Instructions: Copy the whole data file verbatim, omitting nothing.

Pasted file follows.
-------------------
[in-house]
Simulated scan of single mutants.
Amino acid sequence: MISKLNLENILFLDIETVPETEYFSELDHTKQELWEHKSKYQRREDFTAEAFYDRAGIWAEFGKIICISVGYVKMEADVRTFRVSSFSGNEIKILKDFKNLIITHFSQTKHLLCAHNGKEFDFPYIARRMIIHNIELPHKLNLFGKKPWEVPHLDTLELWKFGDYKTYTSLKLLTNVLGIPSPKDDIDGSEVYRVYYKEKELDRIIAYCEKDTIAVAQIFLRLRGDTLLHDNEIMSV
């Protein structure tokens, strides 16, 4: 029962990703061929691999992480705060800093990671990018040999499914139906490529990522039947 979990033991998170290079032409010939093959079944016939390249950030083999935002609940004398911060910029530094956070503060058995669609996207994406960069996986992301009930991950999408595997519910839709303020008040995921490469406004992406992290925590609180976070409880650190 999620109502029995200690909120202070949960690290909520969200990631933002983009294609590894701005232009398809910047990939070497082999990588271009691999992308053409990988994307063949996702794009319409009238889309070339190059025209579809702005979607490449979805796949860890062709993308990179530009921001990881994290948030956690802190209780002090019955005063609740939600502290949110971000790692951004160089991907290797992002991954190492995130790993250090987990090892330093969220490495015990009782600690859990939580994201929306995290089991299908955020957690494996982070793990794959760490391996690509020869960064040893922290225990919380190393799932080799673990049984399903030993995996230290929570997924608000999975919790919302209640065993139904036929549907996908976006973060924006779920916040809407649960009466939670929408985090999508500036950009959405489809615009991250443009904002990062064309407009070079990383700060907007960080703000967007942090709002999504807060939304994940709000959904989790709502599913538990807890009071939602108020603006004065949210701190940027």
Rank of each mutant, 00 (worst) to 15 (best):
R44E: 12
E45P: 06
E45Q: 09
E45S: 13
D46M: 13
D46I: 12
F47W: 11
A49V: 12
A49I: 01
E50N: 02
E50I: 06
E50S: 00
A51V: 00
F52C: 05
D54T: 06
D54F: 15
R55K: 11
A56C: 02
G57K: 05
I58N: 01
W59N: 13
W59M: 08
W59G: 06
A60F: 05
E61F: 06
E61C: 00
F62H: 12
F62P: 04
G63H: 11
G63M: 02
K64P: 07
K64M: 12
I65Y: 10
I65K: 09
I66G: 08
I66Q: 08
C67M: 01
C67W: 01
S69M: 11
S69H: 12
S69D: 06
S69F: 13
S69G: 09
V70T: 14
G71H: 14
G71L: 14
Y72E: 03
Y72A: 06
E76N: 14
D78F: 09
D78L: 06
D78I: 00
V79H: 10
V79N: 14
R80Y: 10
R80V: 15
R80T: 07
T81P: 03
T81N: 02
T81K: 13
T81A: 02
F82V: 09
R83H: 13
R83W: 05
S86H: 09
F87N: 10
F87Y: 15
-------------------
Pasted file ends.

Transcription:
[in-house]
Simulated scan of single mutants.
Amino acid sequence: MISKLNLENILFLDIETVPETEYFSELDHTKQELWEHKSKYQRREDFTAEAFYDRAGIWAEFGKIICISVGYVKMEADVRTFRVSSFSGNEIKILKDFKNLIITHFSQTKHLLCAHNGKEFDFPYIARRMIIHNIELPHKLNLFGKKPWEVPHLDTLELWKFGDYKTYTSLKLLTNVLGIPSPKDDIDGSEVYRVYYKEKELDRIIAYCEKDTIAVAQIFLRLRGDTLLHDNEIMSV
């Protein structure tokens, strides 16, 4: 029962990703061929691999992480705060800093990671990018040999499914139906490529990522039947 979990033991998170290079032409010939093959079944016939390249950030083999935002609940004398911060910029530094956070503060058995669609996207994406960069996986992301009930991950999408595997519910839709303020008040995921490469406004992406992290925590609180976070409880650190 999620109502029995200690909120202070949960690290909520969200990631933002983009294609590894701005232009398809910047990939070497082999990588271009691999992308053409990988994307063949996702794009319409009238889309070339190059025209579809702005979607490449979805796949860890062709993308990179530009921001990881994290948030956690802190209780002090019955005063609740939600502290949110971000790692951004160089991907290797992002991954190492995130790993250090987990090892330093969220490495015990009782600690859990939580994201929306995290089991299908955020957690494996982070793990794959760490391996690509020869960064040893922290225990919380190393799932080799673990049984399903030993995996230290929570997924608000999975919790919302209640065993139904036929549907996908976006973060924006779920916040809407649960009466939670929408985090999508500036950009959405489809615009991250443009904002990062064309407009070079990383700060907007960080703000967007942090709002999504807060939304994940709000959904989790709502599913538990807890009071939602108020603006004065949210701190940027």
Rank of each mutant, 00 (worst) to 15 (best):
R44E: 12
E45P: 06
E45Q: 09
E45S: 13
D46M: 13
D46I: 12
F47W: 11
A49V: 12
A49I: 01
E50N: 02
E50I: 06
E50S: 00
A51V: 00
F52C: 05
D54T: 06
D54F: 15
R55K: 11
A56C: 02
G57K: 05
I58N: 01
W59N: 13
W59M: 08
W59G: 06
A60F: 05
E61F: 06
E61C: 00
F62H: 12
F62P: 04
G63H: 11
G63M: 02
K64P: 07
K64M: 12
I65Y: 10
I65K: 09
I66G: 08
I66Q: 08
C67M: 01
C67W: 01
S69M: 11
S69H: 12
S69D: 06
S69F: 13
S69G: 09
V70T: 14
G71H: 14
G71L: 14
Y72E: 03
Y72A: 06
E76N: 14
D78F: 09
D78L: 06
D78I: 00
V79H: 10
V79N: 14
R80Y: 10
R80V: 15
R80T: 07
T81P: 03
T81N: 02
T81K: 13
T81A: 02
F82V: 09
R83H: 13
R83W: 05
S86H: 09
F87N: 10
F87Y: 15